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Improve care of your patients in the hospital by sending in your recent consult or summary

Posted on: February 23, 2021

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If you are a community physician or specialist with a private practice and you would like to send patient care documents to Island Health’s PowerChart, we have a web-based application that allows you to upload these documents directly from your office into PowerChart.  This shared initiative between community providers, specialists and Island Health will support the transition of care of our patients.  We now have a total of 40 different types of documents available that can be uploaded directly into PowerChart.

If you want to learn (or re-learn) how to upload your consults and patient summary into PowerChart please contact EMRConnectFeedback@viha.ca  Thank you for your ongoing commitment and support to excellence in providing patient care.

Sending patient information in to support transitions in care is more important now than ever. Here is a recent story from a family physician in Victoria:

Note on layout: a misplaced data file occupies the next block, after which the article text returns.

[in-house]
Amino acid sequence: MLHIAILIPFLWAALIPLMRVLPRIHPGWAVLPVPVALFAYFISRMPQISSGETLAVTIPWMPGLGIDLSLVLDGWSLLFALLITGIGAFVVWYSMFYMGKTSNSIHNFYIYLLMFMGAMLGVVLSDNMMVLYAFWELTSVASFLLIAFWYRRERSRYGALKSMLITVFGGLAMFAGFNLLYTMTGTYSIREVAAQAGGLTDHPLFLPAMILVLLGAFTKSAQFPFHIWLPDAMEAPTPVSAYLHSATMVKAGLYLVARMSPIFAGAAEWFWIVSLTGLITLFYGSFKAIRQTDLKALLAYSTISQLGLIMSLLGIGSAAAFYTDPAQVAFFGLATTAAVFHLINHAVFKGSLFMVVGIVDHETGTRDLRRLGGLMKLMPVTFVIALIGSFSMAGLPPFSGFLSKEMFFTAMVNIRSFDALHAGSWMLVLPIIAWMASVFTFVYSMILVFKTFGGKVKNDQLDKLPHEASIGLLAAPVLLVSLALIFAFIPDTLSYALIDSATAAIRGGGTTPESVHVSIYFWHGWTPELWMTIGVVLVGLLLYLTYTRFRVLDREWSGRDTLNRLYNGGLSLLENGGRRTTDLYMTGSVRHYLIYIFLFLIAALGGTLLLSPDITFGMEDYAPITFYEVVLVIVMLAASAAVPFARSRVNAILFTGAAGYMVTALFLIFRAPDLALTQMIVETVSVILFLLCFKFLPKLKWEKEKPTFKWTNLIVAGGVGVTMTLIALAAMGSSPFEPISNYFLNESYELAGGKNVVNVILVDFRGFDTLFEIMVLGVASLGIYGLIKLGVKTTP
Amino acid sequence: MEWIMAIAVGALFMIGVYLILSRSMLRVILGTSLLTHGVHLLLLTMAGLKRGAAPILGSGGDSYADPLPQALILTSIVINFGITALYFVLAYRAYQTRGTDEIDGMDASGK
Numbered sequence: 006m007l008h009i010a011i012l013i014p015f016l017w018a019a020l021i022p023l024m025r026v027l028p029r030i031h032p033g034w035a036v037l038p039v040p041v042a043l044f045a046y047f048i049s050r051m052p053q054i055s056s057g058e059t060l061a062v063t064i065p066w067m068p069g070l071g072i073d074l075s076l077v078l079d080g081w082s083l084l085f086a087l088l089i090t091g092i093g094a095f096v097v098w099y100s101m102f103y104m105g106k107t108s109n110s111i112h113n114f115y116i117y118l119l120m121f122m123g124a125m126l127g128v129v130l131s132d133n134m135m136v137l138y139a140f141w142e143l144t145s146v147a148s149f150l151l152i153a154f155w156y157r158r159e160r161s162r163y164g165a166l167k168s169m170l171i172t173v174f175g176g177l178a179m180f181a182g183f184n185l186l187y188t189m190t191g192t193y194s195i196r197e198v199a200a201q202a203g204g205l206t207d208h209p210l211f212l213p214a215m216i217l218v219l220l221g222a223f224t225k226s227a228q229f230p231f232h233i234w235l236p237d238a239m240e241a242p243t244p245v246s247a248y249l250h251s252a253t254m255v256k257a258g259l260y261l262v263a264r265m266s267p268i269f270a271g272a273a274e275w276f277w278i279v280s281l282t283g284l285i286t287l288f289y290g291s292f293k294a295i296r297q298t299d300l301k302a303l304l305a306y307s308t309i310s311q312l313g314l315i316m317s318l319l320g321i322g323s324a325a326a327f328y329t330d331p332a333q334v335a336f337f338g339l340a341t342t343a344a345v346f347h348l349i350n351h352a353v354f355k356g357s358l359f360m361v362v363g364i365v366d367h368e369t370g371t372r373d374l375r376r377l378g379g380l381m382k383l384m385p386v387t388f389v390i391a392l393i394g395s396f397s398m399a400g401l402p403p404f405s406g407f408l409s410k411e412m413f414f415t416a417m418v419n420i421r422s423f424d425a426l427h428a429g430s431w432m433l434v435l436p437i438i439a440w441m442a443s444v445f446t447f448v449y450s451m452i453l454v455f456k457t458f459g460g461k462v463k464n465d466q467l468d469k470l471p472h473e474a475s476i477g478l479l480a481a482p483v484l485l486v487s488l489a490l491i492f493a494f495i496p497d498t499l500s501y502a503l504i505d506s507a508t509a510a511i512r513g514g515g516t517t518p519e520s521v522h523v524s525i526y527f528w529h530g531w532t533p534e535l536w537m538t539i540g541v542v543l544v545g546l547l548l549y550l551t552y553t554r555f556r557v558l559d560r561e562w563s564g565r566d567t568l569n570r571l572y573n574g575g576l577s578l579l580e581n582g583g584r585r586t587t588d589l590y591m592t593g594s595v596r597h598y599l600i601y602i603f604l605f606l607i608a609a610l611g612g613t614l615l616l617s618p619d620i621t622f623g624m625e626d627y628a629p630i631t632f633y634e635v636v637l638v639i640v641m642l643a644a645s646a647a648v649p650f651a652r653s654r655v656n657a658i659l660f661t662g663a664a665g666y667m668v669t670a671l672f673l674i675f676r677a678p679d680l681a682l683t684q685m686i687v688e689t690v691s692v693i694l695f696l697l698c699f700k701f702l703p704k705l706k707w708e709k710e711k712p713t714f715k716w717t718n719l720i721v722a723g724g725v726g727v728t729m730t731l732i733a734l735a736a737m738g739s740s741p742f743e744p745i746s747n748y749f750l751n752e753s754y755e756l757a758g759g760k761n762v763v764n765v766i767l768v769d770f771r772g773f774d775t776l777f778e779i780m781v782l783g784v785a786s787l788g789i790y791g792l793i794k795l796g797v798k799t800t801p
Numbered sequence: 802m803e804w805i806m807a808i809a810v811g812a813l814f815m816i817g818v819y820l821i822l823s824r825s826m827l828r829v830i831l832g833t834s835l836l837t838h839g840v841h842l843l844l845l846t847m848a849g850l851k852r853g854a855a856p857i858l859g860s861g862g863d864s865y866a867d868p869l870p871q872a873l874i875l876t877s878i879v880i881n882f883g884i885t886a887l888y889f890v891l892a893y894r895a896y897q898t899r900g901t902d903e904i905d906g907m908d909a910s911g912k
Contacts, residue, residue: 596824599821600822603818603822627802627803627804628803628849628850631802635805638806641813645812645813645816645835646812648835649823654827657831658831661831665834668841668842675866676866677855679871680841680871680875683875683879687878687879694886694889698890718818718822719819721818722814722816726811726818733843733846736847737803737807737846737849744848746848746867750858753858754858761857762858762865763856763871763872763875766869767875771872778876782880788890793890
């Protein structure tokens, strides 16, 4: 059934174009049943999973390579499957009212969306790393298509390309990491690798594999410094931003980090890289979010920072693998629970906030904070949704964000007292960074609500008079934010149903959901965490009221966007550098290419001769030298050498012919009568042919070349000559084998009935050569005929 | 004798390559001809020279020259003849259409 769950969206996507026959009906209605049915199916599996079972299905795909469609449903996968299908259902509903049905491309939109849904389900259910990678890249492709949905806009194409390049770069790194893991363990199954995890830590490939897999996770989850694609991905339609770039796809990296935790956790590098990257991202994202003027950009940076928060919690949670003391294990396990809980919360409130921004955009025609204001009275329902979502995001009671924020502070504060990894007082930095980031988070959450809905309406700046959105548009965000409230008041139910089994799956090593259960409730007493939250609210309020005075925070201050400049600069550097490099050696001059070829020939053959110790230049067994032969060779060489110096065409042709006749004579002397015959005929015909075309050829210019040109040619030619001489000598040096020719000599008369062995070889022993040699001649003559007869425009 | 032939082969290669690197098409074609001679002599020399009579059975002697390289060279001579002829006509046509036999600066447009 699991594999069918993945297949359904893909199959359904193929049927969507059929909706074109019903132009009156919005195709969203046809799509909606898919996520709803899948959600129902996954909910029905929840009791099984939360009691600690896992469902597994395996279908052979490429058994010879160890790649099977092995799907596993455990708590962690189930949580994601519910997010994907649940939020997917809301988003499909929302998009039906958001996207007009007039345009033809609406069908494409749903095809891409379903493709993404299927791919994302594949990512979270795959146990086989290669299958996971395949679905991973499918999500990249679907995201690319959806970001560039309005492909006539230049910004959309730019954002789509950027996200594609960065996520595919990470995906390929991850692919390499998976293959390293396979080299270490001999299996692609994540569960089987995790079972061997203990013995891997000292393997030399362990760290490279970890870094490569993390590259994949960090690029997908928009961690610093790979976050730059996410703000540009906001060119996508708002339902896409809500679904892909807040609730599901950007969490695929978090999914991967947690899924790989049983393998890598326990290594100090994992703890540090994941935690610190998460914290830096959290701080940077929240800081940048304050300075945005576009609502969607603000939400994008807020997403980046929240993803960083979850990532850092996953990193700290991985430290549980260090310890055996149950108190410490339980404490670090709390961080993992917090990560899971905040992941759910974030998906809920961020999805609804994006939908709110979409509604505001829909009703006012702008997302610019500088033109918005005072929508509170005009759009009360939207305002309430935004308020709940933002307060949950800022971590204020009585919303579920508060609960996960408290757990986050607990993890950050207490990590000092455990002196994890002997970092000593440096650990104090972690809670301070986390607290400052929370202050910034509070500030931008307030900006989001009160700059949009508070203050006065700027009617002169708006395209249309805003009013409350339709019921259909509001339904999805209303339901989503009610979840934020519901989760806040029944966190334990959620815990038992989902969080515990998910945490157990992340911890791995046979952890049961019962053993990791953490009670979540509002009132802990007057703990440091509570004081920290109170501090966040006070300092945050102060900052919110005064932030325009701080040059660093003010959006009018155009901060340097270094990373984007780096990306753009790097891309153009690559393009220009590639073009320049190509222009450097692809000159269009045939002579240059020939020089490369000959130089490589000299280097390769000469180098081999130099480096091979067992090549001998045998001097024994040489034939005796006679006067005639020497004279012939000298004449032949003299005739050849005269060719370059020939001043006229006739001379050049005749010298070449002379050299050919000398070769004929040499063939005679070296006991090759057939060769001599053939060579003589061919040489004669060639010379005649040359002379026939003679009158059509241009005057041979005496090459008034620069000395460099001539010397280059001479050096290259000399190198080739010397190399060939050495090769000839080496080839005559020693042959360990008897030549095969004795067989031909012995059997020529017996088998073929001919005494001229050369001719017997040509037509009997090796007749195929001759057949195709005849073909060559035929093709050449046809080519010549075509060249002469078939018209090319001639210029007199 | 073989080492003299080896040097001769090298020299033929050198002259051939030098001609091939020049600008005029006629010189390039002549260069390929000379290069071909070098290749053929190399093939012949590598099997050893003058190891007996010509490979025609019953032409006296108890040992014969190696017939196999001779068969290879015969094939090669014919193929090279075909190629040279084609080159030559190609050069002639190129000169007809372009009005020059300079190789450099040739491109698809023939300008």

An 89-year-old female, living alone, tripped and fell. She arrived unaccompanied to the Emergency Department with a hip fracture. The attending Emergency Physician and consulting Orthopedic Surgeon both commented in their dictated notes that the patient was confused, agitated, and could not provide a medical history, and that attempts to contact family were unsuccessful. Upon receipt of an admission notification the next day, the patient’s Family Physician completed a summary of her longitudinal health record and uploaded it via the EMR Connect Web Portal. It was accessed by the Hospitalist overseeing the patient’s care, who thus learned that the patient had dementia, enabling better understanding of the extent to which the patient was competent to provide advance directives. Further, the longitudinal history enabled Radiology to determine that a compression fracture seen on X-ray was diagnosed previously and was not a new acute fracture in need of further investigation. Access to past diagnoses also assisted the Hospitalist in determining that the patient’s hypertension was a chronic condition.